If you've seen the movie American Psycho, you'll know that music plays a major role in it. Patrick Bateman, cosmopolitan and ruthless serial killer, has an extensive cassette collection, and is up-to-date in his tastes. He frequently soundtracks his murders with the pop smashes of the day.
The idea is that, if you can catch a psychopath before they turn violent or commit a crime, by listening to their playlists — well, you've just potentially saved a life. That means streaming services like Spotify and Tidal (does anyone even use Tidal? A psychopath might...) can become detectives tools of choice.
Gary Oldman in Leon the Professional; Alex in A Clockwork Orange; Hannibal in Silence of the Lambs. They all preferred classical music, and they were all ruthless killers. What's the connection? Likely only a fictitious one.
Dutton finds the connection between cutthroat killing spree mentality and classical music to be more an aesthetic one that a realistic. Something about the abrupt juxtaposition, the glaring incongruence, of an effortless Mozart or Beethoven strain seems to collide most cinematically with the ruthlessness of a kill. But who wants their film to be realistic, anyway?
Last year, when Phil Collins was interviewed regarding the musical version of American Psycho (that featured heavily his music), he said:
I thought the movie of American Psycho was quite funny – I don’t know if it was meant to be...I don’t think him being a psychopath and liking my music is linked – my music was just omnipresent in that era.
The authors of the study wanted to make clear that psychopaths, though unnervingly prevalent, aren't always easily detectible. They're not wielding axes, they're not skulking around corners, they're not always smelling your shoes — with you in them. Often, they can work with you, above you, under you...you could be living with one and never know it.
Pascal Wallach, the lead researcher on the team, had linked a previous study locating psychopath genes with this one, yielding the interesting results. Basically his team took 200 subjects, had them listen to 260 songs, and list them in order of preference. They were able to link psychopathic genes with the song choice.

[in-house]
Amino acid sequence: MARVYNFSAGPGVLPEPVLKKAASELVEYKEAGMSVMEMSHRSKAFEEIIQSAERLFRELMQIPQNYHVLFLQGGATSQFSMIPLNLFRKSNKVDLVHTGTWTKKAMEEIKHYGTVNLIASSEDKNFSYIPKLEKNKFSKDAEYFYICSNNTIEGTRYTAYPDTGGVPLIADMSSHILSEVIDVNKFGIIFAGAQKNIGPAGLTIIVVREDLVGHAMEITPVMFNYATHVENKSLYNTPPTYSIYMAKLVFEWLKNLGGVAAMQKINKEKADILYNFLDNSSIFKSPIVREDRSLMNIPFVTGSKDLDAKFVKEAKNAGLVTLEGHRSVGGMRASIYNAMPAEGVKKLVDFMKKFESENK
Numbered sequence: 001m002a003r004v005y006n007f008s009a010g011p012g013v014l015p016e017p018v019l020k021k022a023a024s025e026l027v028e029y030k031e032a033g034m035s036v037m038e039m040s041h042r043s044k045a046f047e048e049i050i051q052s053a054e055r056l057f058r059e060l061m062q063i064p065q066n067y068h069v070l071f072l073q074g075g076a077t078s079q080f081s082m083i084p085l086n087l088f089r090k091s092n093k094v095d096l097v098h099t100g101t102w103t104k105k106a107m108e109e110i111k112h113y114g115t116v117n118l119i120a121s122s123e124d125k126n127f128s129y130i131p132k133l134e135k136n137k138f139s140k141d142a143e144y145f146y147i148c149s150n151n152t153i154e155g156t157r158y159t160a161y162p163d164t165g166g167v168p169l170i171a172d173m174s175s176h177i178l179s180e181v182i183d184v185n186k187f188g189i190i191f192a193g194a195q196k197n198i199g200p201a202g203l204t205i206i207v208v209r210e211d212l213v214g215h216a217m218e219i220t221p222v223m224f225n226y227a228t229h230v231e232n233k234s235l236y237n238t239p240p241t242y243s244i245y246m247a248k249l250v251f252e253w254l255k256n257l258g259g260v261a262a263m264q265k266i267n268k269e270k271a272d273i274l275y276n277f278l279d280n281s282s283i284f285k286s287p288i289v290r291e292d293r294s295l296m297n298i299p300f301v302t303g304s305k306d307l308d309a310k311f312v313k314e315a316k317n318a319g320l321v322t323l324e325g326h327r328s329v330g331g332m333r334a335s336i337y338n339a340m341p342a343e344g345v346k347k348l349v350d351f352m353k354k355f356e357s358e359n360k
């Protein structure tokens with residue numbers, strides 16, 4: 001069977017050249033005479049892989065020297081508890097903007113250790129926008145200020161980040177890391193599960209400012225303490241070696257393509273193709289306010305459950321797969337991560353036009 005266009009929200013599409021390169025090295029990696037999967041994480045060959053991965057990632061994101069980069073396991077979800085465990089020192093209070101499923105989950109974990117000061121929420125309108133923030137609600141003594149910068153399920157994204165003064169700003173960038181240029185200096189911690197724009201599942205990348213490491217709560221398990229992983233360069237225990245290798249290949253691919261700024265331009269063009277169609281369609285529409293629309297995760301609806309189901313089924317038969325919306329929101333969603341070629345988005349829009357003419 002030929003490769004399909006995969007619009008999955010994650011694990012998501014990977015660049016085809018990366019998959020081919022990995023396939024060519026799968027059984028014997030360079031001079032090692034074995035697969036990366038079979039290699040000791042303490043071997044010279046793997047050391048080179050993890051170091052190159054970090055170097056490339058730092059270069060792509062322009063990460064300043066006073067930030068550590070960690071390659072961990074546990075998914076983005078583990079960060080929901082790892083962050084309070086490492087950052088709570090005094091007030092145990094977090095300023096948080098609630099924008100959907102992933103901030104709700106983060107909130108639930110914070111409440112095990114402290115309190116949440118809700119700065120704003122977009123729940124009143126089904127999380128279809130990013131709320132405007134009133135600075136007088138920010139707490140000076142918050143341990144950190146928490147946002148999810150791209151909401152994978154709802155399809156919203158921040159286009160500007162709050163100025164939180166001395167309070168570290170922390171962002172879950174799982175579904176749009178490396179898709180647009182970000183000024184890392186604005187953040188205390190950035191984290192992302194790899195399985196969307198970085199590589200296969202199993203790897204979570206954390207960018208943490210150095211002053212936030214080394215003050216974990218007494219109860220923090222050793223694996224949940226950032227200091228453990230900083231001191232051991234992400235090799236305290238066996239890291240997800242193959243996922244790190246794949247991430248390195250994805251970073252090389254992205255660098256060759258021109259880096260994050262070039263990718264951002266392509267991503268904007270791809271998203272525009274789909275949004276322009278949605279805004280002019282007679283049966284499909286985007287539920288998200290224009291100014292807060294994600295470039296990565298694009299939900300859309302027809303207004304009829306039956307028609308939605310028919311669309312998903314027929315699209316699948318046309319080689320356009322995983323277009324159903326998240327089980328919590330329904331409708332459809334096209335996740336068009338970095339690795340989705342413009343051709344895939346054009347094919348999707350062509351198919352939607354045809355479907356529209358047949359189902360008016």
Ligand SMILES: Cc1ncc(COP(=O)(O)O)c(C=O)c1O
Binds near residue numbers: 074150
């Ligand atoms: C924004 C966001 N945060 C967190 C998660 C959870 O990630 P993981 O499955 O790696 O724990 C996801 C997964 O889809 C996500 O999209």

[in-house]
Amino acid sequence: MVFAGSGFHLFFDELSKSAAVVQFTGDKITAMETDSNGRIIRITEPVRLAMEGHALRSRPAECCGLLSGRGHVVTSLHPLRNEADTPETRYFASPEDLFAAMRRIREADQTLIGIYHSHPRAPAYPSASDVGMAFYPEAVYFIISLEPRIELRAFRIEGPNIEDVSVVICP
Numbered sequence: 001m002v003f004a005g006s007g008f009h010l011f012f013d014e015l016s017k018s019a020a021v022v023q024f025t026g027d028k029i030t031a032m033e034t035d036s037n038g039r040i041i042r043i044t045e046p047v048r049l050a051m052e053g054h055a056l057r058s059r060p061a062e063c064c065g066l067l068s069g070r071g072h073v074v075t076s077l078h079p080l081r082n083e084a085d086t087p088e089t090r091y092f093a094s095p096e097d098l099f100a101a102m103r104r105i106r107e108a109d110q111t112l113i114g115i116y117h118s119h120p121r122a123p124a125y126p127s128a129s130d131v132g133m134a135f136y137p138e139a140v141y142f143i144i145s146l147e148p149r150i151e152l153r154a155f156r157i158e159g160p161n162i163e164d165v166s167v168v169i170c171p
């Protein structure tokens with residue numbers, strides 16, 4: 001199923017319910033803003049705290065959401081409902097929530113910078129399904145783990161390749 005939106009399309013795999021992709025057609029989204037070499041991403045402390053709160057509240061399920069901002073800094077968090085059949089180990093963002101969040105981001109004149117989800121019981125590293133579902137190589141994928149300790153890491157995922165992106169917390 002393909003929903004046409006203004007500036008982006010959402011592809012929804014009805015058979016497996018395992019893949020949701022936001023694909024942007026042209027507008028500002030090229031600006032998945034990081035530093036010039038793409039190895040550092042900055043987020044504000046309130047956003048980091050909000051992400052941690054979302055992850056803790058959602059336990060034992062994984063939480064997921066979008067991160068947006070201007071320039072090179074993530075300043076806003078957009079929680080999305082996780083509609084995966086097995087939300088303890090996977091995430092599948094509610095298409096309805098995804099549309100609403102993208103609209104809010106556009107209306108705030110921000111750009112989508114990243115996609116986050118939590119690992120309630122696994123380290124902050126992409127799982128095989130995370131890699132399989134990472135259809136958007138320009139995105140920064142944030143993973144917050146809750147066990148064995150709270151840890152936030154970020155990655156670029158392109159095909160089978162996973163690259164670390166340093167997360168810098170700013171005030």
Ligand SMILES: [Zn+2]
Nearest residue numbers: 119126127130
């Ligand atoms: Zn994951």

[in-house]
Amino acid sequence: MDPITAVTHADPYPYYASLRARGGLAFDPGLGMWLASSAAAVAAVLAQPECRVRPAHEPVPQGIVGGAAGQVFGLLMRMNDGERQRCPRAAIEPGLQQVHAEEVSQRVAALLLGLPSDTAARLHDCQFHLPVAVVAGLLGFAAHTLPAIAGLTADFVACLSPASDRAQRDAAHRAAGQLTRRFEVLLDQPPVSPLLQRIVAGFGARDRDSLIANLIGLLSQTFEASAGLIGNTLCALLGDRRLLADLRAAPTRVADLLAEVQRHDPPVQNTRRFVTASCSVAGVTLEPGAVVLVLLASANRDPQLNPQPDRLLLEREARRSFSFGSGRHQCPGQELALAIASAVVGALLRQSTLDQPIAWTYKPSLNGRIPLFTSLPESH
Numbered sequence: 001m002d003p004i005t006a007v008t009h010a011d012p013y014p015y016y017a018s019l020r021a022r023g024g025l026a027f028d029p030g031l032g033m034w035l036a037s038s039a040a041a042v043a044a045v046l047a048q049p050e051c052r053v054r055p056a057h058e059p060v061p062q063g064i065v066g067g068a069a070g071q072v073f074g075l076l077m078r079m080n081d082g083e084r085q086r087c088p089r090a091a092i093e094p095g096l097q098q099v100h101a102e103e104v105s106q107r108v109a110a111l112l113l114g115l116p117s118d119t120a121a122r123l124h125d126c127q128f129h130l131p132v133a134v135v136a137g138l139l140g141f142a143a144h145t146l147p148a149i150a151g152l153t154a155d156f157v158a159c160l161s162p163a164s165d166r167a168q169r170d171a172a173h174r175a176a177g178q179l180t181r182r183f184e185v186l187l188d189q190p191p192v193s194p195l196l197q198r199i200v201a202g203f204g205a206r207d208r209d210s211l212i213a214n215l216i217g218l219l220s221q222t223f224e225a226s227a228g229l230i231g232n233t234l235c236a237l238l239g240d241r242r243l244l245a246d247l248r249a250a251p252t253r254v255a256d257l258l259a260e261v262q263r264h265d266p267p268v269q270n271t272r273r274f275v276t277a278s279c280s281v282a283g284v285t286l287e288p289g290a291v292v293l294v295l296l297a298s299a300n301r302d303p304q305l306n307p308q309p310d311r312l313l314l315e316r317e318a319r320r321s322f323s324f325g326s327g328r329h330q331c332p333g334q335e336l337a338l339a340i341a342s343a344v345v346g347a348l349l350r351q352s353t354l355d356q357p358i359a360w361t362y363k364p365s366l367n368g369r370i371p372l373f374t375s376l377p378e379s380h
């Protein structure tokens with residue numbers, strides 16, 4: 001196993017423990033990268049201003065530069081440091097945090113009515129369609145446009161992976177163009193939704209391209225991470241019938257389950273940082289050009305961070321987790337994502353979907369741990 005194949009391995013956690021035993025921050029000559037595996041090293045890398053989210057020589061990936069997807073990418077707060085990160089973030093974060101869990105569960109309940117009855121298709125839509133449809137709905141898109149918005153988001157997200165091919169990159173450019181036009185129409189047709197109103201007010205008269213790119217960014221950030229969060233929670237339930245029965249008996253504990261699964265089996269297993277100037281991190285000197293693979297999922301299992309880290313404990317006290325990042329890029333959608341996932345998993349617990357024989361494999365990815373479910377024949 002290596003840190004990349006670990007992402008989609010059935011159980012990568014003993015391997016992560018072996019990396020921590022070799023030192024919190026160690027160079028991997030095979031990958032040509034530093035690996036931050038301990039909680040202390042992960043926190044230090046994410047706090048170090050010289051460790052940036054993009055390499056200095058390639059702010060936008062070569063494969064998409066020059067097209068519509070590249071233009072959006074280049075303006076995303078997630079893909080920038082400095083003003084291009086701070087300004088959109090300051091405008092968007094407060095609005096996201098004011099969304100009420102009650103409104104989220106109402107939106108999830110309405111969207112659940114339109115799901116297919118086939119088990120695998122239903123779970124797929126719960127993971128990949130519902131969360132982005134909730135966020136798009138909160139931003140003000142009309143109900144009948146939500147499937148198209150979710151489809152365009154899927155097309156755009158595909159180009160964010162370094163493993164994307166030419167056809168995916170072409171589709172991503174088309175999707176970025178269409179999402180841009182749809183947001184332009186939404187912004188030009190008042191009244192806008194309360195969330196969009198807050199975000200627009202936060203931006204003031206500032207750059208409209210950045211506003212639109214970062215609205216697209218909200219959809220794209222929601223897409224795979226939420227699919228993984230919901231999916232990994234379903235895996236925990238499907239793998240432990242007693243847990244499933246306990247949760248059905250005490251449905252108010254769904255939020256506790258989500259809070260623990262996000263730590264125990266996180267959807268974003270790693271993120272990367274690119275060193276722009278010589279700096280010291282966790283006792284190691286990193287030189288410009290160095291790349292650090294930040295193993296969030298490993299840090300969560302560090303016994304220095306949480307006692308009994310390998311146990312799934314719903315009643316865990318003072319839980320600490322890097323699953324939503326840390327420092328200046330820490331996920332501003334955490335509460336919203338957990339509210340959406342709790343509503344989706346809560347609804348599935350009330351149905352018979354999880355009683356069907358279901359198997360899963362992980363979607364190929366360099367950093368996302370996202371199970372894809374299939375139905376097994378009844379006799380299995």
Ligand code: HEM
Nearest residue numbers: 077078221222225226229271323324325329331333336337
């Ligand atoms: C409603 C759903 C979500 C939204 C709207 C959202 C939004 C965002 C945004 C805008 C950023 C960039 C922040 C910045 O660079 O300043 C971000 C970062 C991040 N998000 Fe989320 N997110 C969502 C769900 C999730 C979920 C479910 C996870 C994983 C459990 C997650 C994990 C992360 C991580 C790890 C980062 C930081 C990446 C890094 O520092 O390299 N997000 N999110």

The team's conclusions and interest in future research does raise some ethical issues. Is monitoring someone's music choices for potential criminal behavior (a) an invasion of privacy, or (b) overreactive? The answer is: yes, quite possibly, on both counts.
But did you know that the U.S. Government has already been working on something very similar? The Future Attribute Screening Technology project (FAST), developed by the Department of Homeland Security, uses physiological and physical cues — like elevated heart rate, gaze, etc. — to predict criminal behavior. And in labs, it had 70% accuracy.
Conversely, subjects who tuned into Sia's "Titanium" or The Knack's "My Sharona" were mostly cleared of psychopathic tendencies. They might have heavy doses of heartbreak or possibly even crippling nostalgia, but they're not about to go cannibalize someone. Or, at least, the likelihood of that happening is much lower.
The real takeaway to all of this, as Kevin Dutton, self-admitted psychopath and Oxford psychologist, has stressed, is that we need to start rethinking our models of psychopathy and psychopaths. They don't always come across as crazy or insane, and they're not jamming out to Vivaldi. They can blend in very well when they want to. But maybe this study will open the doors to a cultural revision of how psychopaths are portrayed...and understood.